Czech version here
Editor’s Note: The following translation is reprinted by kind permission of Der Schattige Wald at the Actaeon Journal. The interview was originally published in the Italian journal Il Giornale on July 7.
A little over a week after the outbreak of the riots, Alain de Benoist draws up their genealogy: French specificity, the anteriority of mass immigration, the culture of denial, the occultation of ethnic realities, individualism . . . everything contributed, more than elsewhere, to fanning the flames.
IL GIORNALE: The demonstrations these days bear witness to the failure of multiculturalism. How did we get here?
ALAIN DE BENOIST. They of course show the failure of multiculturalism, but to stop there would be simplistic. The violent urban riots we are witnessing at the moment also testify to a country divided and fragmented, not because of immigrants but because of a dominant ideology that has substituted the law of profit for moral rules in the general population. In a society dominated by market values, which structurally create the conditions for social fragmentation, it is not surprising that no one cares about the common good.
The Left mainly saw in these riots a social revolt (against discrimination, exclusion, unemployment, etc.), while the Right spoke of an ethnic revolt heralding a civil war. There is some truth in both interpretations, but they are both short-sighted. For 40 years, tens of billions of euros have been invested in “urban policy” and the rehabilitation of “difficult neighborhoods” without any results. On the other hand, an urban riot is not a civil war. In a civil war, two armed factions of the population clash, with the police and the army being equally divided, which is not the case here.
Generally speaking, it is the strictly political interpretations that prove incapable of taking the full measure of the problem. The current urban riots have no political character. The rioters have no claims to make. They only want to destroy and plunder. When representatives of the Left, or the extreme Left, go to the suburbs to make it known that they “understand the anger” of the rioters, they are expelled or get spit in their faces!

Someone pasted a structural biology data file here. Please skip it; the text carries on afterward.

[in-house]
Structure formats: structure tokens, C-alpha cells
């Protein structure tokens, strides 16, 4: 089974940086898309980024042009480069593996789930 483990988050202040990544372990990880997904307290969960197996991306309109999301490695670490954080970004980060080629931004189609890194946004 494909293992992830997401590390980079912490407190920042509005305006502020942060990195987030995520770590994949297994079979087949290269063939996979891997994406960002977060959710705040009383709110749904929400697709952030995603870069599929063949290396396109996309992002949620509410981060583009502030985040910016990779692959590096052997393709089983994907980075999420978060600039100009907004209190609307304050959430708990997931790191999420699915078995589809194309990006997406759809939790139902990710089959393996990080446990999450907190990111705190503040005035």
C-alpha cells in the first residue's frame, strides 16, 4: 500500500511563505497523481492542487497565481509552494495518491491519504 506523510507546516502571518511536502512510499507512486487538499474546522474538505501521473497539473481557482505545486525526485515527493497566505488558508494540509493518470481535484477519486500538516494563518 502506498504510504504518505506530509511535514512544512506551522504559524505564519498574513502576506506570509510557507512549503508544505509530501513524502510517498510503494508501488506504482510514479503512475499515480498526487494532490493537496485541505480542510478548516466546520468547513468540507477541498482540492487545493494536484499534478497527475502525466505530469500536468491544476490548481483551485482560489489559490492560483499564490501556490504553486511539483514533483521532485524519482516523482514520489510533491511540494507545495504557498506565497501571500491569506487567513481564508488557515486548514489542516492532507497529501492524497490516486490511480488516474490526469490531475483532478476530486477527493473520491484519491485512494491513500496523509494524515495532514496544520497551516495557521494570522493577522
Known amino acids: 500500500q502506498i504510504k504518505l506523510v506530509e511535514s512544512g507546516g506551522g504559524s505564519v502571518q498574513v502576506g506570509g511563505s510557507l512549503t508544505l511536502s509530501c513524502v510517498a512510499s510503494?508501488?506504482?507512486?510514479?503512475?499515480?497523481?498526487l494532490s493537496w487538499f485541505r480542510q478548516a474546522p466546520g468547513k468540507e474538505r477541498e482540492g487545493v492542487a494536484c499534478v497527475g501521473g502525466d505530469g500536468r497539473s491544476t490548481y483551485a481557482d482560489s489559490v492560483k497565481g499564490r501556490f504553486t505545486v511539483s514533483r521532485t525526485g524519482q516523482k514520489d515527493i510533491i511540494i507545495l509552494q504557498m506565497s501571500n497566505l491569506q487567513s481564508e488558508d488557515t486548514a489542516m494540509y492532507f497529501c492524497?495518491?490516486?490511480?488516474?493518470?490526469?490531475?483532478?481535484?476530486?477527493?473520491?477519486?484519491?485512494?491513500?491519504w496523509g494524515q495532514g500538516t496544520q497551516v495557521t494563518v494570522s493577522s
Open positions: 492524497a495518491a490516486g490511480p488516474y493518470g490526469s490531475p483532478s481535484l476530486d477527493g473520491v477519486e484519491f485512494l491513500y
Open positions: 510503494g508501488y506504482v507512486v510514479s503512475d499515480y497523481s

IL GIORNALE: To what extent does the crisis of French and European identity influence the demonstrations?
ALAIN DE BENOIST: The French population today has lost all feeling of belonging to a community. The rioters have one — or believe they have one. The crisis of French identity has ancient roots. It is the result of the influence of an ideology that is both individualist and universalist, and which believes that men are “everywhere the same” and that ethnocultural factors are not important. No society can solve its problems through legal contracts and the stock exchange.
IL GIORNALE: Is the French state being challenged because many immigrants do not recognize the authority of French institutions?
ALAIN DE BENOIST: The rioters don’t care about the French state, which is indifferent to them. When they attack the police with fireworks, when they set town halls or fire stations on fire, it is less because they see them as representatives of authority than because they perceive them as intruders . They reason in terms of territory (the “invisible border”), in a purely tribal way. They also attack schools, bookstores, grocery stores, shops, and cars. They look at each other as a gang attacked by a rival gang.